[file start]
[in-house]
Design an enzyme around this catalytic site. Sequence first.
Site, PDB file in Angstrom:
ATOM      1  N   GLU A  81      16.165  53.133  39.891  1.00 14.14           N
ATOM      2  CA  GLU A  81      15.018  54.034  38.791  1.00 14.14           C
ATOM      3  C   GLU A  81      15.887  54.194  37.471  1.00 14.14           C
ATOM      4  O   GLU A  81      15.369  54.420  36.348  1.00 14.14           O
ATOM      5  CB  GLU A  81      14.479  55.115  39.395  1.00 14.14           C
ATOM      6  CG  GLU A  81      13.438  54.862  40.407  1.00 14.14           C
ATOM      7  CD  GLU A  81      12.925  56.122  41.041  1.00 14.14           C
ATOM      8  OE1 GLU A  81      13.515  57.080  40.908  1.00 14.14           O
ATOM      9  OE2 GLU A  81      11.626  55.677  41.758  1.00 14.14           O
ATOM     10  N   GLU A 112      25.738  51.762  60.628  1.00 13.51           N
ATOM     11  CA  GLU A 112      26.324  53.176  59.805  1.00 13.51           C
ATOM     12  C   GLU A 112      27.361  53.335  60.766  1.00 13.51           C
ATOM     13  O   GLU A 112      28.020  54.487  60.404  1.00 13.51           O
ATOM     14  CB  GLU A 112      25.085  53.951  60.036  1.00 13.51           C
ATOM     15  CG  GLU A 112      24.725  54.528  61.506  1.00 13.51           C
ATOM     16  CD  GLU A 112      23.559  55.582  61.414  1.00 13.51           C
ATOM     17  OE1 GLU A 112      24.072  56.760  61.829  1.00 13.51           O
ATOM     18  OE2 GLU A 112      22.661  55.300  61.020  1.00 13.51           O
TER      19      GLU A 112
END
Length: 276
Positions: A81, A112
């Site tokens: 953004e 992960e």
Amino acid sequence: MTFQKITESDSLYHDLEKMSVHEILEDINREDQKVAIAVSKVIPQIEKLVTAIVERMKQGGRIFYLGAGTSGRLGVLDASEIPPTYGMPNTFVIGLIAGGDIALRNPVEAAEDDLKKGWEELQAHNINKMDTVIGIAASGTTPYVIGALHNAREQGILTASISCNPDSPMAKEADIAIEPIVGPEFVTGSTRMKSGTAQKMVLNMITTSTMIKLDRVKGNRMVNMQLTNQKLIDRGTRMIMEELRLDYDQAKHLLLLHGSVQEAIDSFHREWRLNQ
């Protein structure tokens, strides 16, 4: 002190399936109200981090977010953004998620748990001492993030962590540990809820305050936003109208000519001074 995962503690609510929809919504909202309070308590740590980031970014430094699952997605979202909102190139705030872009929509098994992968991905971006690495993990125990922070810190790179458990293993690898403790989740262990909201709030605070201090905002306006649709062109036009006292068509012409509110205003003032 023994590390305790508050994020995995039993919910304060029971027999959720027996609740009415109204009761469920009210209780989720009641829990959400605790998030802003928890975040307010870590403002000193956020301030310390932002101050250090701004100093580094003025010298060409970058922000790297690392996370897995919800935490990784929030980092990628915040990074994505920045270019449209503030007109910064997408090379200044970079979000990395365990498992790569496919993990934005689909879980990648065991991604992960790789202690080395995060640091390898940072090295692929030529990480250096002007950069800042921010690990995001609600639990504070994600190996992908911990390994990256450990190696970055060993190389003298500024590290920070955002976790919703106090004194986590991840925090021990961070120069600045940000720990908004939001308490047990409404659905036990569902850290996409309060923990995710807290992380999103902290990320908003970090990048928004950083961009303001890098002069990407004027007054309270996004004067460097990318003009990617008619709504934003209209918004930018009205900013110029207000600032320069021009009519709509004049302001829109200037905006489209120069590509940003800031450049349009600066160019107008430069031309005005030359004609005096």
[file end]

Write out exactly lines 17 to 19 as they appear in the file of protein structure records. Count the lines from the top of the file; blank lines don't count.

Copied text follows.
ATOM     14  CB  GLU A 112      25.085  53.951  60.036  1.00 13.51           C
ATOM     15  CG  GLU A 112      24.725  54.528  61.506  1.00 13.51           C
ATOM     16  CD  GLU A 112      23.559  55.582  61.414  1.00 13.51           C